Re-connect and Ignite

“This above all: to thine own self be true”


Many of us have more time on our hands during this period of lock down in the UK and may be feeling stressed, anxious and frankly, a little lost. As the frenzy of modern life is halted we may feel the pull to embrace interests and passions long cast aside, and to reconnect with our true selves. With many external distractions stripped away you might feel like you’re raising your head from the slumber of homogeneity and wondering “how the hell did I get here?” Never has there been a better time to take time to reflect on and sit quietly with oneself as now.

In this first day of our holistic glow up, I invite you to take this journey of self re-discovery, to meditate, reflect and implement changes that will, when this current craziness is over, re-ignite the essence that is uniquely you, and you alone.

Find yourself an empty notebook that you can dedicate to your journey, it doesn’t have to be fancy it’s what you place in it that matters. On the very first page write something that you have read that has resonated with your soul. It could be a poem, a line from a novel or film, a mantra or words of wisdom passed to you from a loved one. It doesn’t matter what it is as long as it touches you.
If you are a visual person you could if you wish select an image instead, this could be a painting, a place or photograph that reminds you of a time when you felt most connected to yourself. Equally, there’s nothing to stop you adding both written word and imagery. In fact I encourage to make this journal incredibly personal throughout.

When you have a quiet moment to yourself I invite you to recall:

1. What were you passionate about at in your late teens and early 20s?
2. What was it about that thing that put fire in your belly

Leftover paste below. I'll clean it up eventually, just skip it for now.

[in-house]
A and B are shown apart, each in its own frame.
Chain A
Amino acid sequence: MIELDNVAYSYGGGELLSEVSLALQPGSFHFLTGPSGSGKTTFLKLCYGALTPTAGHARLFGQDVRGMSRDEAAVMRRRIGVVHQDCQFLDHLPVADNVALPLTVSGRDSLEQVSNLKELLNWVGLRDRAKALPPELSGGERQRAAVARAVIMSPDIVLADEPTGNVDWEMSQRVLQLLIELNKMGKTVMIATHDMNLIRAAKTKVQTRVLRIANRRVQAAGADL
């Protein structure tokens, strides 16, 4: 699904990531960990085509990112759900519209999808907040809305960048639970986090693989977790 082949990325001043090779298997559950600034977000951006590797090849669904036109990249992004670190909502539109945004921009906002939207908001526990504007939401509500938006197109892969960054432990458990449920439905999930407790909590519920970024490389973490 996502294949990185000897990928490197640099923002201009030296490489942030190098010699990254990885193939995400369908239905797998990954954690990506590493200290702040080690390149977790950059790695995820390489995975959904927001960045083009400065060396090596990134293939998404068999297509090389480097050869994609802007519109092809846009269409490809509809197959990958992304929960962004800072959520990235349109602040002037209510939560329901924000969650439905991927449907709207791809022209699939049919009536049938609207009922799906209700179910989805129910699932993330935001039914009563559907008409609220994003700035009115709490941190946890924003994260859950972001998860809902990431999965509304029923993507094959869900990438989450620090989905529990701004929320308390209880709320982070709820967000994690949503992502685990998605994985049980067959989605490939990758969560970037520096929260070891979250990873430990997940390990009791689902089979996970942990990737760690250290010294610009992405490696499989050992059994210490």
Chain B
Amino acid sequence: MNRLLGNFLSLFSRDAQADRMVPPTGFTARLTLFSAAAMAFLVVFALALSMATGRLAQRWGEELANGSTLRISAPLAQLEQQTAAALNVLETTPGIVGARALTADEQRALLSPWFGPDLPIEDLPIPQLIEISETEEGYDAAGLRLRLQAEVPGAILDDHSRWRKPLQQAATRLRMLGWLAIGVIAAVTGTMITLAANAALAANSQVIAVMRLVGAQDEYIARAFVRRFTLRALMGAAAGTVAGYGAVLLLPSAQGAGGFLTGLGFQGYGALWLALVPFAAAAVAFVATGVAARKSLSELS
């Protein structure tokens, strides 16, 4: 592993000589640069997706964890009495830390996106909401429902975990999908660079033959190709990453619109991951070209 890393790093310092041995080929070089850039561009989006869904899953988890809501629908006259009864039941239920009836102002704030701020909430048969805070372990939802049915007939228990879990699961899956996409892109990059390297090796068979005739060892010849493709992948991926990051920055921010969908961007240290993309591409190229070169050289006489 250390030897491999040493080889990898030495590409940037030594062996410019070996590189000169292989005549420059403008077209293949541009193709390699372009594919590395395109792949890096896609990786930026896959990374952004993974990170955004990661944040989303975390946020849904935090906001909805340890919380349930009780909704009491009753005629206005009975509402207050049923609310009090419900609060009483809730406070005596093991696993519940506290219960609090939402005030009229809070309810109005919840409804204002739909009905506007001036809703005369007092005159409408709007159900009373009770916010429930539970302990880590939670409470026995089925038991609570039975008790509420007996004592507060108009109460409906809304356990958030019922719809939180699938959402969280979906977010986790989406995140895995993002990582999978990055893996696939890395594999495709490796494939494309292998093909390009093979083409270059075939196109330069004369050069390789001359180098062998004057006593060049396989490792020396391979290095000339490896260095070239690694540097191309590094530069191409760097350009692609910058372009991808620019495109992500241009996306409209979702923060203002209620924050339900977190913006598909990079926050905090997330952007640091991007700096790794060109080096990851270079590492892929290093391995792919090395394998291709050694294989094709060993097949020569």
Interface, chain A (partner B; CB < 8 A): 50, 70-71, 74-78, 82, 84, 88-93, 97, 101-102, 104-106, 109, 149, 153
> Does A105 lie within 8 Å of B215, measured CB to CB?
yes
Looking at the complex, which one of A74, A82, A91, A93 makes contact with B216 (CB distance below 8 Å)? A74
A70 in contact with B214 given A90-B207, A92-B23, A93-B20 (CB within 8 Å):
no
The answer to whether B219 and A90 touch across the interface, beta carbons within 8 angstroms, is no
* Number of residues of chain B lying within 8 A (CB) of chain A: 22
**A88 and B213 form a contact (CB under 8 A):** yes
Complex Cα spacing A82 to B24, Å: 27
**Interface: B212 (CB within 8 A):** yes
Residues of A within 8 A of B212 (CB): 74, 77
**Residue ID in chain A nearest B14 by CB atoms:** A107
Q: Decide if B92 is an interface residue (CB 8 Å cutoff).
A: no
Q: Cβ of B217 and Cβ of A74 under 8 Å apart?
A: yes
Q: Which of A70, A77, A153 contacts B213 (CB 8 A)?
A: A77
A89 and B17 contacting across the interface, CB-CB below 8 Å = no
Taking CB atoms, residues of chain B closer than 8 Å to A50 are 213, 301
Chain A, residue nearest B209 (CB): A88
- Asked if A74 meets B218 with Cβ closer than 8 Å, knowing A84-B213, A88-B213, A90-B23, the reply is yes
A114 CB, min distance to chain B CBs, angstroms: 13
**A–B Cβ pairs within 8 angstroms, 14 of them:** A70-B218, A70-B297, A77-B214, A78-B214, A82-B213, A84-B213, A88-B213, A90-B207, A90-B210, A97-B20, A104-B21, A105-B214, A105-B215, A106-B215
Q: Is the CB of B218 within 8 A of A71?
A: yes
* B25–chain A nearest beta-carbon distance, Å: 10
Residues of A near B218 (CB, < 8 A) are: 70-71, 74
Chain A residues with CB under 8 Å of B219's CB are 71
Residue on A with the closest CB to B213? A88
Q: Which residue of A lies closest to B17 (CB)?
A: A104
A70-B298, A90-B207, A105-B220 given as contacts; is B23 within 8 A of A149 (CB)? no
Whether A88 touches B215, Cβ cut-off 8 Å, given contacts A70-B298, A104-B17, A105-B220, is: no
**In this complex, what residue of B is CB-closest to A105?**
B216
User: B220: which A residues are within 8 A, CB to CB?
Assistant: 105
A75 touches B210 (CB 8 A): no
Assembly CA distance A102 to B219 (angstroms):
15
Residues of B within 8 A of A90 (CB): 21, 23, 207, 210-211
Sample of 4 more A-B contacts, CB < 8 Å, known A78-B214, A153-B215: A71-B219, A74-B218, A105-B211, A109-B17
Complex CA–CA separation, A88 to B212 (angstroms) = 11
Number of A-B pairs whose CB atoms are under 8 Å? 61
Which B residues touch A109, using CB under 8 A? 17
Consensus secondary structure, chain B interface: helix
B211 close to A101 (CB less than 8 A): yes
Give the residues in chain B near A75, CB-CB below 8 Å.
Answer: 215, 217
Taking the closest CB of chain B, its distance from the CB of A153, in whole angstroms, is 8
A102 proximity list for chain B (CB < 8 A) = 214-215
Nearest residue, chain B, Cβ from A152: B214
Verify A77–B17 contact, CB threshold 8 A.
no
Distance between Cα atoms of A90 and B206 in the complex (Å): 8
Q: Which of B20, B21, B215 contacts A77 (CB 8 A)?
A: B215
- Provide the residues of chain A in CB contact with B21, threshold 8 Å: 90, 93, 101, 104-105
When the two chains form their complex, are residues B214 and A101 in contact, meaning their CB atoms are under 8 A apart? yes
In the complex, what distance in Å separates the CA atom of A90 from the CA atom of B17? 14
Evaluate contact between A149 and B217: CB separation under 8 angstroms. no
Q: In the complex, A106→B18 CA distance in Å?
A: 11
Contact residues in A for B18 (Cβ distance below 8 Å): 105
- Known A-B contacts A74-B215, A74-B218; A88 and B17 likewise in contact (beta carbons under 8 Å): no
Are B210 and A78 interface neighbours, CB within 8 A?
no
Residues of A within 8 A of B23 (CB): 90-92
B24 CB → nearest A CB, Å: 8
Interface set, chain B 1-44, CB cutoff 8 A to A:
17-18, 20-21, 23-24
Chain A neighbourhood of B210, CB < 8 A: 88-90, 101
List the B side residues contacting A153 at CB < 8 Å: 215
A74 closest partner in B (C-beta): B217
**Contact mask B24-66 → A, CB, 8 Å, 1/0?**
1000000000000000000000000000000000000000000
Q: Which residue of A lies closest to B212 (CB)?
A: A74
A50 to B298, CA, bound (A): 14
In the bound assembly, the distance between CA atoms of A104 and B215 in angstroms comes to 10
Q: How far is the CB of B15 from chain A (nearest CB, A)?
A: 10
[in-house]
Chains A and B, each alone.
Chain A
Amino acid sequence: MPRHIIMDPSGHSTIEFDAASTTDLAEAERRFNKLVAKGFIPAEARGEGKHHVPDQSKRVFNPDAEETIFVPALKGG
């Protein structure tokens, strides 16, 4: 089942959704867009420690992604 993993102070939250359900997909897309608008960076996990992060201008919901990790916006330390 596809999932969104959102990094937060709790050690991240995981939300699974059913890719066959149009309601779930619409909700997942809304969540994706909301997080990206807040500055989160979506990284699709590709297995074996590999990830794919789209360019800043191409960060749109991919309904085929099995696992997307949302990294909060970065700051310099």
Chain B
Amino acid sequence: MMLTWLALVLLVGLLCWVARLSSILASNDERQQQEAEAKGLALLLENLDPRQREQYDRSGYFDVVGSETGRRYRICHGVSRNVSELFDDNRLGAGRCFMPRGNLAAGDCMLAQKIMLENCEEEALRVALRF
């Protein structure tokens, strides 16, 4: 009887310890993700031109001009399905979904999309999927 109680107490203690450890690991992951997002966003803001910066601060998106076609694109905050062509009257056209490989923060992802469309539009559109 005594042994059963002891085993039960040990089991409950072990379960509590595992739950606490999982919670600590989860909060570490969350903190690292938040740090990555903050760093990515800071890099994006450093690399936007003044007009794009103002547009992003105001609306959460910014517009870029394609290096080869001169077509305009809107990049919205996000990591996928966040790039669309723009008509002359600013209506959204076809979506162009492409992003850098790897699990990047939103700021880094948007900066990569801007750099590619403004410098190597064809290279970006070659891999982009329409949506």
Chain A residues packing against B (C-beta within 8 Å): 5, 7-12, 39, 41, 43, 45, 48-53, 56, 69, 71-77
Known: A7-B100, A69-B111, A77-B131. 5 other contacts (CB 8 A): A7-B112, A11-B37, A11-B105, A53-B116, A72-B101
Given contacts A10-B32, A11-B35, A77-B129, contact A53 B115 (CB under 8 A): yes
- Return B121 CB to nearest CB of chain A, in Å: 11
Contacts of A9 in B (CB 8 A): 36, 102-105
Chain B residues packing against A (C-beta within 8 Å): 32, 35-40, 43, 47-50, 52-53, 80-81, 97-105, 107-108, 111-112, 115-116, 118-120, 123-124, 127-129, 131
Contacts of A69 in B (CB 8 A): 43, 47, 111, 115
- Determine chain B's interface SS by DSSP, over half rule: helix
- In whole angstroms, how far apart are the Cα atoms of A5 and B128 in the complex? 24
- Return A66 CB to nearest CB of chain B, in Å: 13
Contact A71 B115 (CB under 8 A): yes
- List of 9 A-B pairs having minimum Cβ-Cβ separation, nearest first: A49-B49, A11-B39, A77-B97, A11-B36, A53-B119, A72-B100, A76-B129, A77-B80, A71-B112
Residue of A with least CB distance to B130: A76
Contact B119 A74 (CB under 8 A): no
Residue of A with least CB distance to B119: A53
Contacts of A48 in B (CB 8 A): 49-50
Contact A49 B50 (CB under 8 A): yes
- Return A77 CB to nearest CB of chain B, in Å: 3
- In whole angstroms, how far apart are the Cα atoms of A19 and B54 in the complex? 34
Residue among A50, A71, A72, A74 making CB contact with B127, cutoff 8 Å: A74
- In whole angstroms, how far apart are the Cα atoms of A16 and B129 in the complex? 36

3. Does it still resonate with you now or do you feel it was a childish fancy that you simply outgrew.
4. What are you passionate about now? Is it related -even tangentially- to the passion of your younger days, if ‘yes’ think about how, and if no ‘think about how they differ, are they indicative of growth, stagnation or apathy?

Find a quiet place and meditate on these questions, remember what it feels like to be ignited and driven by a passion. Tap into the concomitant emotions and then just sit with them for a while. Take a few minutes at the end of your practice to note down in your journal the answers. Remember, this is your journal you can keep your answers as long or as short as you like.

We can, I acknowledge have been a bit idealistic and fanciful in our younger days, but you can’t deny how great that vigour and passion was. We felt like we could change the world…….. and so you can now in your own way.

I’d like to close today’s post with the wonderful and very poignant words of Walt Whitman:

The untold want life and land ne’er granted,
Now voyager sail thou forth to seek and find.


Image Credit: Photo by Carolyn V on Unsplash

Wellness and the road to equilibrium

I haven’t been great at blogging over the last couple of years, with the number of times I post dwindling to about once or twice a year.  I assumed it was due to waning interest and a lack of things to say on my part, but it transpires that my apathy was medical and not indifference or laziness. In March I was diagnosed with hypothyroidism, not exactly life threatning I know, but debilitaing when left untreated. Which it had been for over 12 months. Given that both my Mother and late Grandmother also had the condition you would think I would have recognised the signs. But I didn’t. What I saw was weight gain and assumed my diet was to blame, so went on ever stricter diets to counteract it. I was sleeping poorly so embarked on a mission to eliminate all stimulants such as caffeine. I was fatigued all the time; just walking upstairs would leave me so exhausted I would have to lie down for a while. My mestrual cycle became erratic, so I assumed I was going through early menopause and spent a fortune on supplements to help ease the transition. I ached and assumed it was my age.